Jayco Terrain 4×4 camper van pushes towards unexplored wilds

One of the newest off-road-ready 4×4 camper vans to hit the American market, the 2022 Jayco Terrain brings bold looks and a feature set designed from the ground up to support wayfaring adventurers. Jayco has added own suspension upgrades to the ever-popular Mercedes Sprinter 4×4 and loaded the van interior with fast, flexible equipment that can both transport outdoor sports gear and its comfortably accommodate a pair of restless nomads.

It’d be easy to dismiss the Terrain as the latest Revel knockoff, as it borrows rather liberally from the Adventurous Class B Winnebago. However, the Terrain also packs a few key features that the Revel does not, starting with the company’s JRIDE package with Koni Special adjustable shocks and a heavy-duty rear stabilizer bar to help cut bobble on that big, loaded caboose.

The Terrain includes the JayCommand touchscreen command center

Jayco

Another Terrain feature that accelerates past the Revel is the JayCommand control touchscreen. While the Revel uses an array of older, simpler command center panels and dials, the JayCommand system streamlines multiple operations, allowing campers to control and monitor onboard equipment from the central touchscreen over top the rear seats or a connected mobile device.

The Terrain’s floor plan is quite familiar to those who know the Revel, beginning with a power-lift 49 x 79-in (124 x 200-cm) transverse rear bed. During the day, the bed lifts clean to the ceiling, clearing a full garage space for storing and tuning gear, getting suitable up for the day’s activities, and otherwise hanging out without bedding down. L-track along the garage floor helps in securing gear for transport.

An open gear garage courtesy of the lifting bed

An open gear garage courtesy of the lifting bed

Jayco

Just ahead of the bed, the driver’s side wet bathroom with shower and cassette toilet stands across from the kitchen block. The kitchen is where you’ll find the sink, along with an 85-L indoor/outdoor-access refrigerator, an array of pantry and cabinet space, and multiple countertop extensions that create an L-shaped work space for busy chefs.

Instead of a built-in stove, Jayco goes with a portable induction cooktop, the same route that other popular off-road camper van went a few years ago. That cooktop can be used at the indoor counter or outside.

The indoor/outdoor kitchen space includes a portable induction cooktop, drop-down outdoor table and easily accessible end fridge

The indoor/outdoor kitchen space includes a portable induction cooktop, drop-down outdoor table and easily accessible end fridge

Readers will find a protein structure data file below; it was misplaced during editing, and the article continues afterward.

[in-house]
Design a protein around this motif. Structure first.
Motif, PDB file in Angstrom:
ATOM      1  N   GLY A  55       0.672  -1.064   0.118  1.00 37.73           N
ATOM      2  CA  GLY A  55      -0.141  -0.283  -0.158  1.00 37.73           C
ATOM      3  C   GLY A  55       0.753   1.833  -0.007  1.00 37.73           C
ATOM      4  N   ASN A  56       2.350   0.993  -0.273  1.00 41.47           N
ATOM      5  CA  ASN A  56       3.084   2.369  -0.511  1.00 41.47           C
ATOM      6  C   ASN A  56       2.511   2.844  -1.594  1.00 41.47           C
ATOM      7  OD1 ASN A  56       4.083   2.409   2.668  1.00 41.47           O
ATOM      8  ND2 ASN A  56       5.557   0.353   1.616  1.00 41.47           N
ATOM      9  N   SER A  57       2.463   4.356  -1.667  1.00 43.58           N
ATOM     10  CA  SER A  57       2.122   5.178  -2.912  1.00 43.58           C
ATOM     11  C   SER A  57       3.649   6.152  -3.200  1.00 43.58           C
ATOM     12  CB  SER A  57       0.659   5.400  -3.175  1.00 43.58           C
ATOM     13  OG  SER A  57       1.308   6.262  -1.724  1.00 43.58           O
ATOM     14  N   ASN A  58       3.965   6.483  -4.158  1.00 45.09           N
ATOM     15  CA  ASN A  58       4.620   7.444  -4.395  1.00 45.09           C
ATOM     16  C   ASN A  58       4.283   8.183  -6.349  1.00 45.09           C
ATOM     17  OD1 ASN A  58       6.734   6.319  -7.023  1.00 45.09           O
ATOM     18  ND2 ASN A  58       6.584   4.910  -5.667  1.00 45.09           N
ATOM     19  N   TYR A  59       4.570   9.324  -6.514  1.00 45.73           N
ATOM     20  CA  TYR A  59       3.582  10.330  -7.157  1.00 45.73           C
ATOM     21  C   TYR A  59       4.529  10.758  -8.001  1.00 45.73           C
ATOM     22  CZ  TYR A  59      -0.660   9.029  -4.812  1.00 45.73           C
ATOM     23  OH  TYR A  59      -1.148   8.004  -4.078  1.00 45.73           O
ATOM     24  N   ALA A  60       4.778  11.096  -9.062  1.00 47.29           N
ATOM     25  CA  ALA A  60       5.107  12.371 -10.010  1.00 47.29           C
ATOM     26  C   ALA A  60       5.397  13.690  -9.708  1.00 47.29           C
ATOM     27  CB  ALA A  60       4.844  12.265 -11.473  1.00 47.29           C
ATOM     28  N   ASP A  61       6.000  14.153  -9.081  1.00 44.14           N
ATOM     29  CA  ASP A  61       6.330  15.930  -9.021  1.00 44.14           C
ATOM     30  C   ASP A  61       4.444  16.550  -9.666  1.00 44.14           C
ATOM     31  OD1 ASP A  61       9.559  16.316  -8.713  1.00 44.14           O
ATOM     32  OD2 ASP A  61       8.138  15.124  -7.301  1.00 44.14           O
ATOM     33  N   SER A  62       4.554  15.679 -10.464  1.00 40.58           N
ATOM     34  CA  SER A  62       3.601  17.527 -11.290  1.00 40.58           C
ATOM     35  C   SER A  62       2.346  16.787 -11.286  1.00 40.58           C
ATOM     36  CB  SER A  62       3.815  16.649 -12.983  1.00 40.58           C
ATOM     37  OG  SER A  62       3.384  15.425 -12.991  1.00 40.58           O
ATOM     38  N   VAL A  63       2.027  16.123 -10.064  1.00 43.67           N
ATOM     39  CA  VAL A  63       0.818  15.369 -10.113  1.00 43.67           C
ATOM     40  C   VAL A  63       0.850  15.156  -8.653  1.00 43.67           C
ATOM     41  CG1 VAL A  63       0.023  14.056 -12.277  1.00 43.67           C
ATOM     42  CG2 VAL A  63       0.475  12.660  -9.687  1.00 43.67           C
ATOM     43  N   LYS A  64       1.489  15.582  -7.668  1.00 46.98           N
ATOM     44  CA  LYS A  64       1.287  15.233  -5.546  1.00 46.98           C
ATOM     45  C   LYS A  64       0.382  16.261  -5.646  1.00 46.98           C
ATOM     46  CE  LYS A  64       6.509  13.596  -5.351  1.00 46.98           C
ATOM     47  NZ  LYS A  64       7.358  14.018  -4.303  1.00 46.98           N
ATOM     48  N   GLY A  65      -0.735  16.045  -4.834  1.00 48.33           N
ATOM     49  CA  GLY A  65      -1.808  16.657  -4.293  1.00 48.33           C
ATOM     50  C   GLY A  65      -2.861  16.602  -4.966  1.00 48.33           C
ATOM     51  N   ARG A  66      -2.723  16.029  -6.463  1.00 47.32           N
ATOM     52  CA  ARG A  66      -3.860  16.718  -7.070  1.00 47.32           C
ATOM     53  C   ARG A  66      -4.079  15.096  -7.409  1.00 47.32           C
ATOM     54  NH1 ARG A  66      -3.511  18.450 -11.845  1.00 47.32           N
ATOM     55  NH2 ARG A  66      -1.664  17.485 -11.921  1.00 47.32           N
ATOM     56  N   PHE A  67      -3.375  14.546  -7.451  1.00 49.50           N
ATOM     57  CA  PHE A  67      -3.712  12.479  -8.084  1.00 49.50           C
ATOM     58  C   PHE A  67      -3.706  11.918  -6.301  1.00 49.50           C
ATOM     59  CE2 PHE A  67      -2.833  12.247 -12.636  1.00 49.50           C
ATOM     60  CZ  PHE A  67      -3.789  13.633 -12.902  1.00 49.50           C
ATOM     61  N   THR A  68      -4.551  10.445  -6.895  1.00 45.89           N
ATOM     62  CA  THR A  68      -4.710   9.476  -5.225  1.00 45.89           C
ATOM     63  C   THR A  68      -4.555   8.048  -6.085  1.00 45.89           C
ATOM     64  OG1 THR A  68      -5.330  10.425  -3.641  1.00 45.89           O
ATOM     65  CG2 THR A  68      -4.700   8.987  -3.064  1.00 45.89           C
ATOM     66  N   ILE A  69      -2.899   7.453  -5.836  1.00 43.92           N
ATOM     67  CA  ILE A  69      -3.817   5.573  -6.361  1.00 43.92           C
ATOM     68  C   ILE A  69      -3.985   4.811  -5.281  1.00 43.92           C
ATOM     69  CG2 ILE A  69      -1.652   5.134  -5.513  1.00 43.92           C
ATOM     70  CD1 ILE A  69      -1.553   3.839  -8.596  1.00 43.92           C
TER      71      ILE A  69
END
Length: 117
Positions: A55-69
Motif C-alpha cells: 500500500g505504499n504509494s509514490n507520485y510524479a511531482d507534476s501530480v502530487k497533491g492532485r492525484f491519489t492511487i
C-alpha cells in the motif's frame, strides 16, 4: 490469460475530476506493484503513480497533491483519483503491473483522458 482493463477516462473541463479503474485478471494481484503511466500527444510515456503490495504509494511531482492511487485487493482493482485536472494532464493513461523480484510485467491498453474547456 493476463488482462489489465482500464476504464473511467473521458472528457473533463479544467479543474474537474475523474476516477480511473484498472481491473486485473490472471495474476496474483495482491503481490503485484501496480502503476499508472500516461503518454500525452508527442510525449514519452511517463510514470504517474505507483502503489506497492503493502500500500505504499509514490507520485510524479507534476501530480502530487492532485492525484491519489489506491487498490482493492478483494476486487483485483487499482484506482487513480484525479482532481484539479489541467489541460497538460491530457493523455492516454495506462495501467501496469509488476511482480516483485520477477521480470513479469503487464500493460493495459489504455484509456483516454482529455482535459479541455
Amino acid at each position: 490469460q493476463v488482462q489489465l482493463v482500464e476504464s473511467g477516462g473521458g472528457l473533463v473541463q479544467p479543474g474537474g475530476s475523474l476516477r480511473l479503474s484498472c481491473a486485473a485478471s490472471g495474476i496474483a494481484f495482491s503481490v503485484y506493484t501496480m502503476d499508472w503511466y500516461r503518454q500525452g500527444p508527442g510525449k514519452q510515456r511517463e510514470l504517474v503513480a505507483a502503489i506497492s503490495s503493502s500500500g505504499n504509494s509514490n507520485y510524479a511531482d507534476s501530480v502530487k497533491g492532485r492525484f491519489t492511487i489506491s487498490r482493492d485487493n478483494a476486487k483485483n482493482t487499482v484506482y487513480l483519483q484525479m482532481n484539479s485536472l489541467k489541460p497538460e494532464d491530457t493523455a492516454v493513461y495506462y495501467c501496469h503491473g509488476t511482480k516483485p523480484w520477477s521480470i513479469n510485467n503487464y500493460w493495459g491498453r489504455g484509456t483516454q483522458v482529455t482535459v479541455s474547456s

Jayco

When cooking turns to eating, the flip-up indoor table creates the dining area in conjunction with the two rear passenger seats and swivel driver cab seats.

The Terrain sets up a capable off-grid base camp with a 210-Ah 48-V lithium battery, 200-watt solar panel setup, 3,500-W inverter and dedicated 48-V alternator for the lithium battery. The van also comes with an onboard air compressor, hydronic heating system and Coleman A/C.

Many camper vans from different brands share similar or identical layouts, and a lift-away bed is hardly a Winnebago exclusive. Where the Terrain really makes the Revel comparisons inevitably is in the multifunctional bathroom space, in which removable store wet clothing/gear or work as a general closest storage, a handy feature Winnebago has offered on the Revel since launch. Jayco does switch things up with a retractable clothesline in place of a removable closet rod.

Removable bamboo shelves make the wet bath a closet or drying room when not in use as a bathroom

Removable bamboo shelves make the wet bath a closet or drying room when not in use as a bathroom

Jayco

The Terrain rides atop the 235-in (597-cm) Mercedes Sprinter 4×4 144 with BFGoodrich All-Terrain T/A KO2 tires. It’s powered by a 188-hp 3.0-liter V6 turbo-diesel with seven-speed automatic transmission, and standard equipment includes a 10.3-in MBUX infotainment system, wireless smartphone charging, and driver assistance package with features like adaptive cruise control, active brake assist and lane-keeping assist.

Jayco priced the Terrain at a base of US$192,000 when it announced the model in October, but that price didn’t last very long. With summer camping required season quickly, the Terrain’ listed base price has already crept up to $201,000, which itself is a rather inaccurate quote because Jayco makes a “Customer Value” package with the JRIDE handling kit, BFG tires, hydronic heat, A/ C, roof rack and ladder, and other equipment. So the actual base price after factoring in that non-optional package is $219,750. Perhaps Jayco wanted to look like it was undercutting the $202,400 Revel base price?

Source: Jayco

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